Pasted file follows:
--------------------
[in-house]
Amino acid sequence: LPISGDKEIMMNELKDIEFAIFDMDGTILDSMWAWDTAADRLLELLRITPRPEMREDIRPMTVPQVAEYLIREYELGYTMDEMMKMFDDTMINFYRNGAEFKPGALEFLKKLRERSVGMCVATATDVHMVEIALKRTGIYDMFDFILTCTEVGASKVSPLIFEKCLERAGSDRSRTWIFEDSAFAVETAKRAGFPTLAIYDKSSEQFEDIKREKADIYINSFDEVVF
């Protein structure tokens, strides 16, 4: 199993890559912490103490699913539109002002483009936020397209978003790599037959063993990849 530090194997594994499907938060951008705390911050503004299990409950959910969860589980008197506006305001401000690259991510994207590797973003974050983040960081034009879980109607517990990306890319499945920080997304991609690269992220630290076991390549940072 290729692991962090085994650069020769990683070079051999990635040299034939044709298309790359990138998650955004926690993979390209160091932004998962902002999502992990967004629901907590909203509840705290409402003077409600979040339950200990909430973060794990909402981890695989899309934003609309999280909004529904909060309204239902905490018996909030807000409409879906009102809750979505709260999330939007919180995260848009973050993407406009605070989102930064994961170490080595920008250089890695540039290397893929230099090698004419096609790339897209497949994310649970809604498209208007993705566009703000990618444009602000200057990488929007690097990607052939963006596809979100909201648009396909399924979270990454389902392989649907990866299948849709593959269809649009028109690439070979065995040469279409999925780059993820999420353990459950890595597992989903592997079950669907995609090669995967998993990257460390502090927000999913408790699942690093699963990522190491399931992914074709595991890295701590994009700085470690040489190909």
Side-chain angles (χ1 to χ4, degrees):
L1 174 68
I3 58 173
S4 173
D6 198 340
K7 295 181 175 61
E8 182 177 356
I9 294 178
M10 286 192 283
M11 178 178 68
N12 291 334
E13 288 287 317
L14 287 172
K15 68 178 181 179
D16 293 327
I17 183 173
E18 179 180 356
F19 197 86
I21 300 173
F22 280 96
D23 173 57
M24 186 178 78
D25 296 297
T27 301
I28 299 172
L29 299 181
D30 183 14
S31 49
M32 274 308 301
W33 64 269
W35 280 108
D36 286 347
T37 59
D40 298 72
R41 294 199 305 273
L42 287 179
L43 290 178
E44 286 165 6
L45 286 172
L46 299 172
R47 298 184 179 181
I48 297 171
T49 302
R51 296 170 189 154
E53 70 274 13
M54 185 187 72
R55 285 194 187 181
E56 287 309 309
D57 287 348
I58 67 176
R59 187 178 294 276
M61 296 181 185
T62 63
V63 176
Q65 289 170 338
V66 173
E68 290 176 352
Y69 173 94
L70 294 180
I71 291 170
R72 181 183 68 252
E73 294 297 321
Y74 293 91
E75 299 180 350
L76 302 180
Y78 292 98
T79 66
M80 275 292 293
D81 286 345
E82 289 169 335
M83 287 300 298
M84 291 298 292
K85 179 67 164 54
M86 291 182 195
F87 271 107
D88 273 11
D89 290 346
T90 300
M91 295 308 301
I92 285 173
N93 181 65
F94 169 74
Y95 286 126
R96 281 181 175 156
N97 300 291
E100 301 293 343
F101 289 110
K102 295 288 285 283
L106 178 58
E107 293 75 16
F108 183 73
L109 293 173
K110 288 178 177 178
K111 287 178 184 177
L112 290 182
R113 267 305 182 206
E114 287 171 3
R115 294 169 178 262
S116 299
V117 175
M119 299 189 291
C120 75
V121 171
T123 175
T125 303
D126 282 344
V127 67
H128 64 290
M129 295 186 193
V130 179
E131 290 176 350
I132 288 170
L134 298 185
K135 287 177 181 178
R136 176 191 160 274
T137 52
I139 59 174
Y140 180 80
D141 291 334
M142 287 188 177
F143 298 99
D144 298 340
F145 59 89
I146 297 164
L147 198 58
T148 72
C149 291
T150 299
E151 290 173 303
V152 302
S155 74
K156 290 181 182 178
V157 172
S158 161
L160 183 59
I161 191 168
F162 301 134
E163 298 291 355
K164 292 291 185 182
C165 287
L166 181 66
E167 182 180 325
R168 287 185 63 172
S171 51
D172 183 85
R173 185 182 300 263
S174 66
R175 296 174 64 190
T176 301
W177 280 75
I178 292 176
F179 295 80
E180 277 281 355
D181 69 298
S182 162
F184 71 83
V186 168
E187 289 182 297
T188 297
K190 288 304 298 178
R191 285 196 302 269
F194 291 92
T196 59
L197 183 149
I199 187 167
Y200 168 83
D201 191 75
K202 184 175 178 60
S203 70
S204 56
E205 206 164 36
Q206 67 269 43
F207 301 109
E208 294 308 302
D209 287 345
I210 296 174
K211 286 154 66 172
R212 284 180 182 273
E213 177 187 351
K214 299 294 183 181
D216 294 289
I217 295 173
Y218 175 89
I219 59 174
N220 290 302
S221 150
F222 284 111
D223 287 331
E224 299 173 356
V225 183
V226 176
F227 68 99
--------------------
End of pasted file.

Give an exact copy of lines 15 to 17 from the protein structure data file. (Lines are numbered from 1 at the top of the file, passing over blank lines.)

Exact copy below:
E13 288 287 317
L14 287 172
K15 68 178 181 179